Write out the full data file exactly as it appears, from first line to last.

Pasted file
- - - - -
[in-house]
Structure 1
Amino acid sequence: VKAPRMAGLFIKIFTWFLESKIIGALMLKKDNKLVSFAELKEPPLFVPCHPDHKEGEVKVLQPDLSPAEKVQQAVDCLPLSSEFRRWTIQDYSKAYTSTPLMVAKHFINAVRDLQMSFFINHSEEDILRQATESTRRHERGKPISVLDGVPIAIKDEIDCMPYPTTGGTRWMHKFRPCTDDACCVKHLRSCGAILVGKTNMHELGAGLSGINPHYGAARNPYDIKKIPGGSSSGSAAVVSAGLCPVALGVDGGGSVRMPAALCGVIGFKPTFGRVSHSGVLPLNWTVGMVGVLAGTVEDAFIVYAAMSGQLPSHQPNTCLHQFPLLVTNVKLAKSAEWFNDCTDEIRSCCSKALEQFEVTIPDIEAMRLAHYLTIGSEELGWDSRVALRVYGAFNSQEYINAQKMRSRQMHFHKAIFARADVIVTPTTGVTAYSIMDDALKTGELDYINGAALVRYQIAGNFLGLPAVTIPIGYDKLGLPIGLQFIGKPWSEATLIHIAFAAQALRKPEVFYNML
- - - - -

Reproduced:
[in-house]
Structure 1
Amino acid sequence: VKAPRMAGLFIKIFTWFLESKIIGALMLKKDNKLVSFAELKEPPLFVPCHPDHKEGEVKVLQPDLSPAEKVQQAVDCLPLSSEFRRWTIQDYSKAYTSTPLMVAKHFINAVRDLQMSFFINHSEEDILRQATESTRRHERGKPISVLDGVPIAIKDEIDCMPYPTTGGTRWMHKFRPCTDDACCVKHLRSCGAILVGKTNMHELGAGLSGINPHYGAARNPYDIKKIPGGSSSGSAAVVSAGLCPVALGVDGGGSVRMPAALCGVIGFKPTFGRVSHSGVLPLNWTVGMVGVLAGTVEDAFIVYAAMSGQLPSHQPNTCLHQFPLLVTNVKLAKSAEWFNDCTDEIRSCCSKALEQFEVTIPDIEAMRLAHYLTIGSEELGWDSRVALRVYGAFNSQEYINAQKMRSRQMHFHKAIFARADVIVTPTTGVTAYSIMDDALKTGELDYINGAALVRYQIAGNFLGLPAVTIPIGYDKLGLPIGLQFIGKPWSEATLIHIAFAAQALRKPEVFYNML